Lost in the Awards Rush: The Paper


"Lost in the Awards Rush" is a weekly series Slackerwood is running during the awards season, to suggest lesser-known but excellent alternatives to popular frontrunners for big movie awards.

Birdman (2014) has certainly been the most breakthrough of indies this past awards season. Alejandro Gonzalez Inarritu's tale of a former action movie star (Michael Keaton) whose artistic comeback is marred by a variety of personal and professional crises (much of it courtesy of a pitch-perfect ensemble that includes Edward Norton, Emma Stone and Naomi Watts), has wowed virtually every major critic since its release. The praise has carried Birdman from offbeat indie to the most Oscar-nominated release of 2014 (Mike's review).

At the center of Birdman's acclaim is a magnificent and mesmerizing performance from its leading man. Having had a somewhat spotty filmography over the past decade or so, Keaton has landed a role most actors only dream of. His Riggan is a man struggling to overcome his movie past in an effort to amaze the theater world with his genuine talent. Truth be told, it's a role that Keaton could pull off, due to both his own past cinematic history and the seemingly effortless commitment he brings to every character.

After watching Birdman, I immediately thought of another Keaton-led film made 20 years earlier, The Paper (1994). Keaton re-teamed with his Gung Ho (1986) director Ron Howard for this look at the fast-paced world of tabloid journalism. Like Birdman, The Paper is set in New York, has a real-time feel, an unconventional brand of comedy and features Keaton leading a top-notch ensemble of Oscar winners and nominees including Glenn Close, Marisa Tomei, Randy Quaid and Robert Duvall.

In The Paper, Keaton plays Henry Hackett, the overworked deputy editor of a New York tabloid. In one day, Henry must deal with the paper's ruthless managing editor (Close), the tired editor-in-chief (Duvall), a paranoid reporter (Quaid), his pregnant wife (Tomei) and a murder case that has just become the city's biggest story.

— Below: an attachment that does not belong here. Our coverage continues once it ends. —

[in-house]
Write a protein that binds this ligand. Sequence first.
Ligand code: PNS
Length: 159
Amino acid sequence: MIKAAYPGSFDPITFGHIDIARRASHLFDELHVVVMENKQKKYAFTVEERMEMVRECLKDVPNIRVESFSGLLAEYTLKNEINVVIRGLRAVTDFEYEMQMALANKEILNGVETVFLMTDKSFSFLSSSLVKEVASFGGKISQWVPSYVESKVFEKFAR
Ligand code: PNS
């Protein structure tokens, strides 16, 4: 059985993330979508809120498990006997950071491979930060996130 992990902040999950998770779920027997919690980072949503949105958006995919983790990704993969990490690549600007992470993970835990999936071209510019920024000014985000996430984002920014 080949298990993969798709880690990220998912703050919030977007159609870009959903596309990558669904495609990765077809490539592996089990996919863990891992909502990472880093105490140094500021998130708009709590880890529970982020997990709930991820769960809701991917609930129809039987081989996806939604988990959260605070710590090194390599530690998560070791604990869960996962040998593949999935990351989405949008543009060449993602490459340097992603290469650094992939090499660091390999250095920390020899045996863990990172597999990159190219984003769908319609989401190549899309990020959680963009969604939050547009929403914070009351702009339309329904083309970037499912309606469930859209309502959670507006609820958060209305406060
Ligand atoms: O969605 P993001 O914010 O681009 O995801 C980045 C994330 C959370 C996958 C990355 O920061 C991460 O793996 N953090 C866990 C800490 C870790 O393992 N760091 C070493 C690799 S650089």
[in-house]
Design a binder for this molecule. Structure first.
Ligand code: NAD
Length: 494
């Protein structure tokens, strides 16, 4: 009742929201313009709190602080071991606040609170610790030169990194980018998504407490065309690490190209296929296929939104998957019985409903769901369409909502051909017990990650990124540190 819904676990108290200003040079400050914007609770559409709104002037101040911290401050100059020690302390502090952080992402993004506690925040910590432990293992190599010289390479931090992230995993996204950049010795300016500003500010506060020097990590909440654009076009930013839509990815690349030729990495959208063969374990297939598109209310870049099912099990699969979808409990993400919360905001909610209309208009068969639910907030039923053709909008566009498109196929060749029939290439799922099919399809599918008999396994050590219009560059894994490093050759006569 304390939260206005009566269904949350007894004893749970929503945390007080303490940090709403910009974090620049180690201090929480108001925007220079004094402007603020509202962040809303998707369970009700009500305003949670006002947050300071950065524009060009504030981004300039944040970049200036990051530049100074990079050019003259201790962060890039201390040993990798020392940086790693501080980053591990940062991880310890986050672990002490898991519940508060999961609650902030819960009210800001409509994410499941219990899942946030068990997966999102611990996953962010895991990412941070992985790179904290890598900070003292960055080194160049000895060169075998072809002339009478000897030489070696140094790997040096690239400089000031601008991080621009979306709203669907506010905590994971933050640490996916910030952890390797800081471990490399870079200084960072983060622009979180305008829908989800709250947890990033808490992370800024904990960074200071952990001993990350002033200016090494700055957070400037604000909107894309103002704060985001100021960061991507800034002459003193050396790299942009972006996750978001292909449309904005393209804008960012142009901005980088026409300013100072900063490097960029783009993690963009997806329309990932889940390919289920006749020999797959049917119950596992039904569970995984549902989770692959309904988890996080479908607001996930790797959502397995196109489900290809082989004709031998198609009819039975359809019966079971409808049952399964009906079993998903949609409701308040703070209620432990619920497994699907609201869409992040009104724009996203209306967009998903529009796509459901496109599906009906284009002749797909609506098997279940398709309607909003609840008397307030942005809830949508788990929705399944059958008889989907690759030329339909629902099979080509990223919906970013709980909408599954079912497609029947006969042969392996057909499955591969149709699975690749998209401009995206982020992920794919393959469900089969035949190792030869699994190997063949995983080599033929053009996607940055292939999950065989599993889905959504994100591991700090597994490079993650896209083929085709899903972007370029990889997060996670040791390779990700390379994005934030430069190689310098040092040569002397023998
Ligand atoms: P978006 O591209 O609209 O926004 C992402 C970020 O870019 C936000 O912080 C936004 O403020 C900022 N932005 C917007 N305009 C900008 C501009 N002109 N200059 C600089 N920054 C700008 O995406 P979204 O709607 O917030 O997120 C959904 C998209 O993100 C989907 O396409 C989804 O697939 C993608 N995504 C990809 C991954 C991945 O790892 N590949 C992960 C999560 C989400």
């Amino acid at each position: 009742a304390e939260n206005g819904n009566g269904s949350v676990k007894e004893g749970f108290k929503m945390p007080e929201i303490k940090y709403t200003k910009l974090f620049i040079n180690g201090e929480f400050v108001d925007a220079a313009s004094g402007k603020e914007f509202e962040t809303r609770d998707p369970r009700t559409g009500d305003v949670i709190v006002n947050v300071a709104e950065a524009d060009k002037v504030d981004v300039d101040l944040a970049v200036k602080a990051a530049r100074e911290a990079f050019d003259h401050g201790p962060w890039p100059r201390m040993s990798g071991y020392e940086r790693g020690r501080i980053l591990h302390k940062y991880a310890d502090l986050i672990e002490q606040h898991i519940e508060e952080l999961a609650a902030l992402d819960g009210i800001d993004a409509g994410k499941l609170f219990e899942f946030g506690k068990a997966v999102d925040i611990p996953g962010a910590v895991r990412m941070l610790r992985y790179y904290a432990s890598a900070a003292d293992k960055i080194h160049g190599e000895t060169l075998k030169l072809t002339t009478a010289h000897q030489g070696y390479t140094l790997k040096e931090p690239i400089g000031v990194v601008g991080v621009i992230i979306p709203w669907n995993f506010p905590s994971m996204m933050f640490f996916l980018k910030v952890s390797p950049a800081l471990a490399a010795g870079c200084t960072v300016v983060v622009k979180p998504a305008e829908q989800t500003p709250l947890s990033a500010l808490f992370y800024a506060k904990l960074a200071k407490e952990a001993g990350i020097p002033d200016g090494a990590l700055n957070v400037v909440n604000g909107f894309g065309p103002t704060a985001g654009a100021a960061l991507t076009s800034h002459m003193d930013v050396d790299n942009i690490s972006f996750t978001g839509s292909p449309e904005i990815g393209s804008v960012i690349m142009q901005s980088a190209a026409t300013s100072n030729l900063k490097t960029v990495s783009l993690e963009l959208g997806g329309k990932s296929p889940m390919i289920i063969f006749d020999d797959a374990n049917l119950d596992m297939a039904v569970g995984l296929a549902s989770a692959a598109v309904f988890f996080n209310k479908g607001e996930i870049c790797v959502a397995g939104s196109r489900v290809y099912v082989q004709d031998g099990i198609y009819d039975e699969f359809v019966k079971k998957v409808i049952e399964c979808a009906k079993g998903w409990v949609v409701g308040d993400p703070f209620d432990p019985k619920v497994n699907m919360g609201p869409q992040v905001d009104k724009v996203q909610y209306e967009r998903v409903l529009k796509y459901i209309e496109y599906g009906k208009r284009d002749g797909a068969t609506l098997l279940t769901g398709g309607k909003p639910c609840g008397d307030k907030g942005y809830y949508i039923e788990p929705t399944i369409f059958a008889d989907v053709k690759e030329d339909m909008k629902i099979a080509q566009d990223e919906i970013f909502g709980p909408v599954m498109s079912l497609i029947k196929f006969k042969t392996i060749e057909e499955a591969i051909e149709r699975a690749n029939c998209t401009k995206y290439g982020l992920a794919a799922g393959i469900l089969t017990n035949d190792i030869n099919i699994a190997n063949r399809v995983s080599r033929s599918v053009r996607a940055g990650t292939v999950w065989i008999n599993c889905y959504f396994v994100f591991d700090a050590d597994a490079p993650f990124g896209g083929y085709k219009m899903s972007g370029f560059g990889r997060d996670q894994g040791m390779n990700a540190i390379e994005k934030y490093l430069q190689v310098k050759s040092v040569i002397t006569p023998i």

Right off the bat, the audience is pulled into The Paper's delightfully frenetic pace, which extends from scenes in the office to ones in the home. Howard's take on the world of the tabloid newspaper, and those who inhabit it, is spot on with regards to the action concerning each individual's seemingly monumental crisis and how quickly decisions have to be made with regards to stories, careers and, consequently, even lives.

Adding a welcome balance to the life-and-death choices the characters face is the movie's sharp satire. This is truly an outrageously funny film with the majority of the laughs coming from Keaton and surprisingly, Close (in a tour-de-force performance). The showoff between the two as the late edition is literally going to press is comic gold and Close scores laugh after laugh throughout the film's final act, where all storylines come to a head.

At the center of the hurricane though is Keaton, who carries the heft of both the film and its cast on his shoulders. As Henry, Keaton goes through moments of hilarity, manipulation, retrospection and the kind of manic intensity that has become the actor's trademark. The character of Henry is clearly a composite of every newspaper man slaving away at his trade, forgoing the human moments he unknowingly gave away when he signed on to his job. Keaton understands this individual and is therefore willing to delve into all colors of his character. The actor carefully walks a delicate tightrope with Henry and what is ultimately more important to him -- his career or his young family.

It shows real cinematic bravery that by The Paper's end, the audience still isn't sure about Henry's fate. An open ending for any film is a gamble, let alone one from a major studio and a high-profile director. Yet marks for bravery must be given to Howard and Keaton for the guts to give Henry and The Paper and true "life goes on" ending.

The Paper earned solid reviews, decent box-office and a Best Original Song Oscar nomination for Randy Newman's "Make Up Your Mind." However, it soon fell into that oddest of film categories that is littered with countless titles movie lovers have simply forgotten about, despite being critical and/or commercial successes. In 2013, the Paramount held a rare screening of The Paper (the second half of a double feature that also included Ace in the Hole) as part of their summer series. As the credits rolled, I took joy in the enthusiastic applause the film received from is sizeable audience and, for me, it reaffirmed not only Keaton's magnetism, but also Howard's directorial grasp and the movie's crazed, yet undeniable, magic.

Where to watch: The Paper is currently available for online streaming via Amazon Instant Video and iTunes. It's also on DVD and you can rent it locally from Vulcan Video.